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Daily Archives: March 3, 2022

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The Javelin Is Wrecking Putin’s Army. Here’s How the Anti-Tank Weapon Works.

Ross Pomeroy wrote . . . . . . . . .

Ukraine is a highly devout country – about 87% of its 41 million citizens practice Christianity. So it’s notable that, to many Ukrainians, Mary Magdalene now has a new moniker: St. Javelin.

The viral meme (shown above) recasting the “Apostle of the apostles” is in reverence to a device that knows no religion: the FGM-148 Javelin portable fire-and-forget anti-tank missile. Since the start of Putin’s dastardly invasion of Ukraine, Ukrainian freedom fighters have extensively utilized the American-made weapon system – co-produced by Lockheed Martin and Raytheon – to rain destruction down upon the Russian military’s armored vehicles. Ukraine’s Defense Ministry estimates that 102 tanks and 536 armored vehicles had been destroyed as of February 26th. The Javelin likely factored heavily into that rousing combat success.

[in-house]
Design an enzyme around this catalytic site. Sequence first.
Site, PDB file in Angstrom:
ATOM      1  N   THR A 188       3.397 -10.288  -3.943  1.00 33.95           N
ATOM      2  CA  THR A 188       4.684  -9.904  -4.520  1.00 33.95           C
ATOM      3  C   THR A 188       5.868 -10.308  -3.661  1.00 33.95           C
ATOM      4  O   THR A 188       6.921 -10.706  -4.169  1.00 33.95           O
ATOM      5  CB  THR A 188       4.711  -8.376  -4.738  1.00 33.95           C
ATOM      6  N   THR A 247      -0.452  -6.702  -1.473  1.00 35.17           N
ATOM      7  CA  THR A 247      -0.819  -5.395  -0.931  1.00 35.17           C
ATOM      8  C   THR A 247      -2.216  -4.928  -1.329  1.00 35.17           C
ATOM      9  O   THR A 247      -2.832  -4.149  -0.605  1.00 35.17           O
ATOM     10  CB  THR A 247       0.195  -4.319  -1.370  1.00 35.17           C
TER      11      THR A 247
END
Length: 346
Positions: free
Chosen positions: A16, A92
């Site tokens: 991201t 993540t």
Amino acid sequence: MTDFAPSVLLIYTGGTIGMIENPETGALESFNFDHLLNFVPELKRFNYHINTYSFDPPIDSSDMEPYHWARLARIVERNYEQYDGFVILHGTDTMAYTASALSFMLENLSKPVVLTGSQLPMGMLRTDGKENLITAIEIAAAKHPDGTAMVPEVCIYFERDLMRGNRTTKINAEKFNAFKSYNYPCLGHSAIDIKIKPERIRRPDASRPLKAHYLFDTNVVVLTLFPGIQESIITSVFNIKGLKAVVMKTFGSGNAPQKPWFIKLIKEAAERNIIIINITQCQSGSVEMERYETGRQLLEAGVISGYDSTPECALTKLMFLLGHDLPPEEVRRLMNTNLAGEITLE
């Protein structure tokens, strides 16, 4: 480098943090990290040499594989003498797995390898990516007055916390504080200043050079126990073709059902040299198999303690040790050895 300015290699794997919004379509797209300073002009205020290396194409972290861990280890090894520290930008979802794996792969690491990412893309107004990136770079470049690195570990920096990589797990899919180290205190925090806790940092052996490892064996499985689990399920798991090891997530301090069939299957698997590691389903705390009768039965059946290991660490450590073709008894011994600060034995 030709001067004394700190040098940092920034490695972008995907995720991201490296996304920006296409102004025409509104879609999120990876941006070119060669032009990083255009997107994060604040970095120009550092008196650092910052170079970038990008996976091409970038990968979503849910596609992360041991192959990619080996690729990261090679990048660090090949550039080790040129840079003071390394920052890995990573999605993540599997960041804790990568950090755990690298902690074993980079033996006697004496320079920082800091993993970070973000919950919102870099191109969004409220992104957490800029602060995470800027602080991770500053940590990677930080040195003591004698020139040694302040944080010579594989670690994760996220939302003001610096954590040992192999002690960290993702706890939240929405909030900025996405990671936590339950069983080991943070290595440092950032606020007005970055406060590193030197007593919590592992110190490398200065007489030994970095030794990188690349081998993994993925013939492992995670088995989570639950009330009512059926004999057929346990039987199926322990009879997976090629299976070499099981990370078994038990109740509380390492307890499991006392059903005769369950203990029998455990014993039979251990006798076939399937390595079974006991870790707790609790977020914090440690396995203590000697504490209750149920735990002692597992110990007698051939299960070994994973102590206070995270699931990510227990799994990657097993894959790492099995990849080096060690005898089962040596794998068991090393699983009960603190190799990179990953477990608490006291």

“This weapon allows a single soldier to target and destroy even the most heavily armored main battle tank with an almost guaranteed kill rate, at great range and with minimal risk,” Army Capt. Vincent Delany wrote of the Javelin for West Point’s Modern War Institute.

So how does this ‘holy’ piece of military machinery work? Laypersons might be envisioning a bazooka-like operation, but anti-tank weapons have evolved considerably since that quintessential rocket launcher was deployed in World War II. With the Javelin, a soldier using the portable, reusable Command Launch Unit (CLU) looks through an infrared sight to locate a target up to an incredible 2.5 miles away. When the user spots a target, he operates a cursor to set a square around it, almost like cropping an image. This is then sent to the onboard guidance computer on the missile itself, which has a sophisticated algorithmic tracking system coupled with an infrared imaging device. When the missile locks on to the target, the operator can launch the self-guided weapon and quickly relocate or reload to fire another missile at a different target.